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Blackburn-introduced bill removing statute of limitations for Child Sexual Abuse offenses passes Congress

statute of limitations is removed
Ron Edmonds/ASSOCIATED PRESS

Bill first introduced by Sens. Blackburn, Durbin

(WTVF) — A bill removing the statute of limitations for reporting child sexual abuse will head to President Joe Biden's desk.

This new legislation will update current federal laws which set the statute of limitation for child sexual abuse claims until the victim reaches the age of 28 or until 10 years from the discovery of the offense.

The Eliminating Limits to Justice for Child Sex Abuse Victims Act of 2021 was first introduced by Sen. Marsha Blackburn, R-Tennessee, and Democratic Majority Whip Dick Durbin, D-Illinois.

"The statute of limitations for sexual abuse offenses should never prohibit young survivors from getting the justice they deserve," Blackburn said. "The bipartisan effort to eliminate the civil child sexual abuse statute of limitations is a critical step to guarantee survivors their day in court."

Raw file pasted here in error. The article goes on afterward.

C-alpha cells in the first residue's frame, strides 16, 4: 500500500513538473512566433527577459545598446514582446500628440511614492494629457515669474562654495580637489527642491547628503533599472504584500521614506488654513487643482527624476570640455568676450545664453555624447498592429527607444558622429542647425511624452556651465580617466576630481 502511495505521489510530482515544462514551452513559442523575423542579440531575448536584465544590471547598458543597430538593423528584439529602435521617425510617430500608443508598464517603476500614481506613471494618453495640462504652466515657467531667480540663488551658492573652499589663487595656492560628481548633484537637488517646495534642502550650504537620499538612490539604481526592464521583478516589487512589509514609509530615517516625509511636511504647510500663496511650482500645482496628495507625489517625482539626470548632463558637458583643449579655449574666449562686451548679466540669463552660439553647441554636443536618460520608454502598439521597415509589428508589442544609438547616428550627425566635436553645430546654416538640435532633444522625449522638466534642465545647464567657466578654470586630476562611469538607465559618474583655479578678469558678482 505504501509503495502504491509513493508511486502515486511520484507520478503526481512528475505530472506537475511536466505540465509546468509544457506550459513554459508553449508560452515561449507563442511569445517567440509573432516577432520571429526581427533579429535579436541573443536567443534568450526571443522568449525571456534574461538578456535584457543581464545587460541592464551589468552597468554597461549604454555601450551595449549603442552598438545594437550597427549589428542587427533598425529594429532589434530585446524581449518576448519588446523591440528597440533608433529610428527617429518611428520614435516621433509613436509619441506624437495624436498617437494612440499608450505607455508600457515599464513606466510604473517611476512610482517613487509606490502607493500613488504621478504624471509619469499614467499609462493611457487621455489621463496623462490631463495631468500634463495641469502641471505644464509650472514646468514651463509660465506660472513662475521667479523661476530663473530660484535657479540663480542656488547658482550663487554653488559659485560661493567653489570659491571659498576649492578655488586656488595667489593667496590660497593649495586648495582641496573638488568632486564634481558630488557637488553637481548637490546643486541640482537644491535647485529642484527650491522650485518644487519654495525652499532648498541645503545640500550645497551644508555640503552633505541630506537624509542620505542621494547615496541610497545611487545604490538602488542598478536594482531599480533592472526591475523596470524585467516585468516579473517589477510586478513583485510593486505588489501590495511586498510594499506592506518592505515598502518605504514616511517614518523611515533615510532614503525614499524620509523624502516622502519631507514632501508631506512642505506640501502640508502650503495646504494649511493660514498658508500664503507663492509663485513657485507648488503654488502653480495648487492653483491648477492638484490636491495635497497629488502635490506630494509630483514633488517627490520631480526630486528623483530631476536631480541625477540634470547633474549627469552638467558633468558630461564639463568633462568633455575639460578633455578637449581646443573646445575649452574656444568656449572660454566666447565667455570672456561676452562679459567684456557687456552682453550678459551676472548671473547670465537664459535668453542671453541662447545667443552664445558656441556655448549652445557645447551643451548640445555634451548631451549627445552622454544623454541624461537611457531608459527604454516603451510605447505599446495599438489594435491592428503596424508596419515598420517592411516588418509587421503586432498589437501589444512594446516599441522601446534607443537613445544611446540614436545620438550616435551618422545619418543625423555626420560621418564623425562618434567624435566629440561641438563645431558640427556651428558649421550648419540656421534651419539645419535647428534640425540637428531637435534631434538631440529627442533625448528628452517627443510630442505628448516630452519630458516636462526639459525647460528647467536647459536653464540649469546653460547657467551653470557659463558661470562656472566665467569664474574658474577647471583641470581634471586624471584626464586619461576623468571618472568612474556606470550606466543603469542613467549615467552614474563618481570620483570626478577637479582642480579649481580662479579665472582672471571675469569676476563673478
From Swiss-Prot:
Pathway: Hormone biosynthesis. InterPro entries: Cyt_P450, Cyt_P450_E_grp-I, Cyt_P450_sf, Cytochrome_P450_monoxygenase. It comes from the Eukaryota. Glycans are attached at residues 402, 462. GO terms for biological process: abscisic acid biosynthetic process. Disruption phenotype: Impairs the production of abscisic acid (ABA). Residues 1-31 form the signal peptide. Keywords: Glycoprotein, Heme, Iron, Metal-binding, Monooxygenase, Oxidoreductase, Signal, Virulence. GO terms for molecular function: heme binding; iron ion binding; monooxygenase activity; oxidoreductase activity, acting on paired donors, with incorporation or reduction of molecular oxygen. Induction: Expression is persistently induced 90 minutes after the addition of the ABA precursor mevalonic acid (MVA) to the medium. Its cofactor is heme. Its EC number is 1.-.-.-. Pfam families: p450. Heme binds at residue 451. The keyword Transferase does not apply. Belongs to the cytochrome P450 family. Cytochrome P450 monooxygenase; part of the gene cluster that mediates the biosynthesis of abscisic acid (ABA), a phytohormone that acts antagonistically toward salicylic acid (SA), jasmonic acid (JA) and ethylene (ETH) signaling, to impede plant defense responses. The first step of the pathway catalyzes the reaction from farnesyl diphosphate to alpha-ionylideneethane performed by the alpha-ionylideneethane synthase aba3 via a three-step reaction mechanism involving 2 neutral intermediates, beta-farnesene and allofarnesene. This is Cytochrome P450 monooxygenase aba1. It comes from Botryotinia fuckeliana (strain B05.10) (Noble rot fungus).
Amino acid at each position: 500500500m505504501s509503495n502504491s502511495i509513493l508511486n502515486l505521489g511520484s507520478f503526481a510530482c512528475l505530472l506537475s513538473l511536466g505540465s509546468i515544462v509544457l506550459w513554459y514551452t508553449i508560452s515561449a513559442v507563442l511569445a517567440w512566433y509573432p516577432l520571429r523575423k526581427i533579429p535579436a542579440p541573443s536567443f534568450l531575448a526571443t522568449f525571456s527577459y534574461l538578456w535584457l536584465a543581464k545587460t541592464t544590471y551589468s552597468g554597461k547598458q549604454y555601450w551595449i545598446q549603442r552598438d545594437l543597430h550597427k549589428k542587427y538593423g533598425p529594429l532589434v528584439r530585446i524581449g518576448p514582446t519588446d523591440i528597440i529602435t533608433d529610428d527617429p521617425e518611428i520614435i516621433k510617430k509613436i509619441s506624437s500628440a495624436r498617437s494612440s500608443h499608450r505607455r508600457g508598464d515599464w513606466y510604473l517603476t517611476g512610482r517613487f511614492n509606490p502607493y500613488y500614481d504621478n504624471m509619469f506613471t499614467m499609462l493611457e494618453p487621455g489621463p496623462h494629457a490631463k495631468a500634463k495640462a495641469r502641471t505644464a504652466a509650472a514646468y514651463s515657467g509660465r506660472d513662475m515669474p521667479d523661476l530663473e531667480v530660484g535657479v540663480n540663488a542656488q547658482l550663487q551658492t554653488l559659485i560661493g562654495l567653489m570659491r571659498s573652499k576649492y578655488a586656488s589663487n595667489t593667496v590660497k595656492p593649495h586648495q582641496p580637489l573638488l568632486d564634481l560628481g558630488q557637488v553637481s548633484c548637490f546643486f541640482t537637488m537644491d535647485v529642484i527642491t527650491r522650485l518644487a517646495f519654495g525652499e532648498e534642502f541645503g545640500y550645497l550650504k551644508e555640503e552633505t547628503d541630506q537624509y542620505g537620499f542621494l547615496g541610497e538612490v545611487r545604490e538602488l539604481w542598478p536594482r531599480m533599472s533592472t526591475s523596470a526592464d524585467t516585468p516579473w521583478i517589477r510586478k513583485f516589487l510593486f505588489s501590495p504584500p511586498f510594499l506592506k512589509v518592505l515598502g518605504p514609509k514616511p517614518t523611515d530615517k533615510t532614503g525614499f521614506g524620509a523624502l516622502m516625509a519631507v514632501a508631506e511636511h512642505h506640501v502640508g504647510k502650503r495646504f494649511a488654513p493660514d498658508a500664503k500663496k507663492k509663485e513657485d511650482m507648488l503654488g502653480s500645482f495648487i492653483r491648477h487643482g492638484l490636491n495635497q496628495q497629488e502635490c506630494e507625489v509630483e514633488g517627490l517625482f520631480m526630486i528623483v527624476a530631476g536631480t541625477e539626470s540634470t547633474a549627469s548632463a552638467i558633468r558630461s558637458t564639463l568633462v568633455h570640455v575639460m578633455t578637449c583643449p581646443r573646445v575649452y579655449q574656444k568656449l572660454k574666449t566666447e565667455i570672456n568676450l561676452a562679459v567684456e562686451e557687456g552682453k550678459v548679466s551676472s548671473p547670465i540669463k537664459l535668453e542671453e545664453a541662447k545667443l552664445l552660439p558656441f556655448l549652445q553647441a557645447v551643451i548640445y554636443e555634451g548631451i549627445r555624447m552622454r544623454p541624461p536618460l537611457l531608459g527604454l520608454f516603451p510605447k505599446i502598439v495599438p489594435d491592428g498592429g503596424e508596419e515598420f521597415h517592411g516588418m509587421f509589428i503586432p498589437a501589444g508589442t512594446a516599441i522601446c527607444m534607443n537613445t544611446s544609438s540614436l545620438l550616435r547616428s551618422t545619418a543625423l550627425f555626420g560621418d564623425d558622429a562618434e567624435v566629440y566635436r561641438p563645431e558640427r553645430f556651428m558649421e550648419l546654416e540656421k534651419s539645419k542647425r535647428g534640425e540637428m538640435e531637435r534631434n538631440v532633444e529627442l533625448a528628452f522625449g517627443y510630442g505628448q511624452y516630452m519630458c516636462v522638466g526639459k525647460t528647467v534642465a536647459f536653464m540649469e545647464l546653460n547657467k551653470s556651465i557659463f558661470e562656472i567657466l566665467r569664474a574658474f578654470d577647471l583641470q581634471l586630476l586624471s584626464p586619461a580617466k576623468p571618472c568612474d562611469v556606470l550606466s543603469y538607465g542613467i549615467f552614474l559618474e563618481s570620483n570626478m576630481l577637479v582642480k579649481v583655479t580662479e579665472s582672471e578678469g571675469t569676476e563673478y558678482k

It unanimously passed the U.S. Senate earlier this year and was passed in the U.S. House of Representatives this week.

"The science of trauma is clear: it often takes years for victims to come forward," Durbin said. "Our bipartisan bill honors the basic notions of justice for survivors, and I was proud to work with Senator Blackburn and our colleagues in the House to lead it across the finish line. By signing this legislation into law, we can finally help survivors have their day in court and a moment of healing—when they are ready."

Its passing will impact crime reports going forward as well as any reports that would have reached the statute of limitations under previous law.

Caroline Sutton

Stop Child Abuse

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